As the longest day of the year has passed, we switch our thoughts to harvest time and the inevitable winter that is slowly headed our way. Dark evenings and rain would appear to be our ‘normal’ winters now. Silaging is now behind us and the combine has been serviced and had a spring clean ready to leap into action as soon as the crops are ready.
Schools/universities are allegedly starting as normal in September. Pubs have reopened, initially giving rise to potential influxes of drunkenness, but it will no doubt settle down and hopefully work well. Long may it continue. The food shortage that ensued post-lockdown seems to be under control and life is settling into the ‘new normal’. The children have even been able to see their grandparents (socially distanced of course). I am so over home-schooling now. I have had immense pleasure from having the children home, but a teacher I am not. Tractors seem to have been the topic of conversation over the dinner table lately. Which brand is the most reliable? Which is the most cost effective? Which reps return your call? We seem to go round in circles. Ted would just like a slurry tanker.
Agriculture has seen many changes through the years, whether it was the domestication of animals and plants a few thousand years ago, the use of crop rotations and other farming improvements a few hundred years ago or the ‘modern revolution’ with systematic breeding and the use of man-made fertilizers and pesticides a number of decades ago. Is agriculture undergoing a fourth revolution with the increased use of technology in agriculture? Robotic vehicles used in farming are becoming more numerous than in previous years. Drones or satellites that fly above the crops taking photos that can be used to calculate the biomass development for use in fertilisation of crops. The advances in agricultural technology have far reaching advantages as well as consequences.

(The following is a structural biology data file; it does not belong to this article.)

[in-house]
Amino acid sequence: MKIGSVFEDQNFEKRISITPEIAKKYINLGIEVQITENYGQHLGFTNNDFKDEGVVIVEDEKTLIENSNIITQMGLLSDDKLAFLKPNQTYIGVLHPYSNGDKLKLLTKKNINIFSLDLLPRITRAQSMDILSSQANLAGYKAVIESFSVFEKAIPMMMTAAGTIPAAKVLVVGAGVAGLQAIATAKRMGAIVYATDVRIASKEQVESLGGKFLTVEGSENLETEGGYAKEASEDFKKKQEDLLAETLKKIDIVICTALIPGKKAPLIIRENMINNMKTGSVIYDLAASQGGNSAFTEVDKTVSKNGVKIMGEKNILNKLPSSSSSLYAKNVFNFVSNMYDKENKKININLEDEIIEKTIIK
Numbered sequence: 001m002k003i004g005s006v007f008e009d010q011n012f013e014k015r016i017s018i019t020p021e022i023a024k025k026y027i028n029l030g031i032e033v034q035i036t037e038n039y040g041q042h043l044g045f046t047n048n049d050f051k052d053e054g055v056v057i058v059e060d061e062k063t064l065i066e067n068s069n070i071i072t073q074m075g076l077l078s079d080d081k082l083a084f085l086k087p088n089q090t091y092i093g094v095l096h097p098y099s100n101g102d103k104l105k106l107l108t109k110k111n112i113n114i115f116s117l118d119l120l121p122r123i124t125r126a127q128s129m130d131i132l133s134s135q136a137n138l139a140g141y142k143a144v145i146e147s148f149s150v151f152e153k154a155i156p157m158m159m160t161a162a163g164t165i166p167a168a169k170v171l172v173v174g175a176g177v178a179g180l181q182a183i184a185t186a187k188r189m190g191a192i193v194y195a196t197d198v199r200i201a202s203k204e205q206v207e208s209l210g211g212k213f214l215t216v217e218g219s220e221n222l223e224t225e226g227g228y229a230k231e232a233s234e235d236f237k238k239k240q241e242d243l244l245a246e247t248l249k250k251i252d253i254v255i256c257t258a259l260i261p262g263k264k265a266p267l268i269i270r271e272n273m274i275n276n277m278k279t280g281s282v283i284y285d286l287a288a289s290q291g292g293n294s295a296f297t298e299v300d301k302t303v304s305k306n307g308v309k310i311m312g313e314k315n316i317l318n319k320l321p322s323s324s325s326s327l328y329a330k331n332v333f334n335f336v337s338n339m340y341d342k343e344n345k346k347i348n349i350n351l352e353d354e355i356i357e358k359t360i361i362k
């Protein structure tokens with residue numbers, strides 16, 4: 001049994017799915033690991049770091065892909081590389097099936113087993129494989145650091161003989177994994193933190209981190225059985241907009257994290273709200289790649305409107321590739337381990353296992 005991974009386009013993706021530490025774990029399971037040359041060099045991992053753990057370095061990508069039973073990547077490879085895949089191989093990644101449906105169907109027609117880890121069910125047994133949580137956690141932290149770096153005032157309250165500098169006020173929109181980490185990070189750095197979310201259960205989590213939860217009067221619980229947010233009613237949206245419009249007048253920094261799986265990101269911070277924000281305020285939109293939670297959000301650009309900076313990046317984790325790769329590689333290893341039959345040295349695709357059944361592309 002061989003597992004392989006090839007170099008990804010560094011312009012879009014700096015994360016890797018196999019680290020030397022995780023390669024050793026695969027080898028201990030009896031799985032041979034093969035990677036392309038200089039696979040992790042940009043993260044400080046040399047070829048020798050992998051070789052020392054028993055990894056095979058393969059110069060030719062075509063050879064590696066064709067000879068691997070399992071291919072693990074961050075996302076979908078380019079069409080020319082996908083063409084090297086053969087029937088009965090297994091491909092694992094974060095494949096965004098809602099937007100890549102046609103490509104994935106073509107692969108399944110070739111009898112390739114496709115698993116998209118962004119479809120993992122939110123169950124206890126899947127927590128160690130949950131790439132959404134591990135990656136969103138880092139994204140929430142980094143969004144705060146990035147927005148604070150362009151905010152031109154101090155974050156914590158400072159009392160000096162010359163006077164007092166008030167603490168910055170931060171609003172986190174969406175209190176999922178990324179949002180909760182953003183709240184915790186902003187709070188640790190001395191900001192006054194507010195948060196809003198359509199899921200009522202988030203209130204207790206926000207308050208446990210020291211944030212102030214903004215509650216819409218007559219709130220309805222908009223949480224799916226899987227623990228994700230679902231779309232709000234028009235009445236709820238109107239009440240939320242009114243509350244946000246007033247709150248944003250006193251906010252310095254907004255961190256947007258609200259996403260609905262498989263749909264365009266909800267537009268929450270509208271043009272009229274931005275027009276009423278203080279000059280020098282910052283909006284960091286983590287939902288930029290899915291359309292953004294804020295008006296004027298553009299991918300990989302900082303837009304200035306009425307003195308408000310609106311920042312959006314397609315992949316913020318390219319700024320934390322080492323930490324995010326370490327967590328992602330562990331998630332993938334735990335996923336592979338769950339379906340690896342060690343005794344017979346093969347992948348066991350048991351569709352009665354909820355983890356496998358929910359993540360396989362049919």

Virtual fences are beginning to play a role in livestock farming today; underground currents/cables that keep livestock in a certain area. Our local common land is now using this technology. Similar technology can now be incorporated into a cattle tag that can relay management information. At an affordable cost, it becomes an essential e.g. resting time, temperature of the cow, cudding time, eating time etc. You can access the information at any time via an app on your phone. It sends you alerts if a cow needs attention. The technology is quite impressive and can open many areas of opportunity for analysis. Such changes in technology not only come with opportunities but also big challenges. The cost of such items could prove to be a prohibitive factor to many. At a minimum cost of £25,000+ for a medium herd, it is a hard cost to swallow, especially when the milk price is almost exactly the same as it was 30 years ago.
I don’t want to gripe about dairy margins. We are not alone in being squeezed; many areas of farming are feeling under pressure I am sure. There was a time when the wool clip would pay the rent on many farms, but now we see images of wool being put on muck heaps or being burnt because its value won’t even cover the cost of the packing and the diesel to deliver it. I know times change, but even with my rudimentary grasp of history you don’t have to look far to identify towns and cities having been built on the back of wool.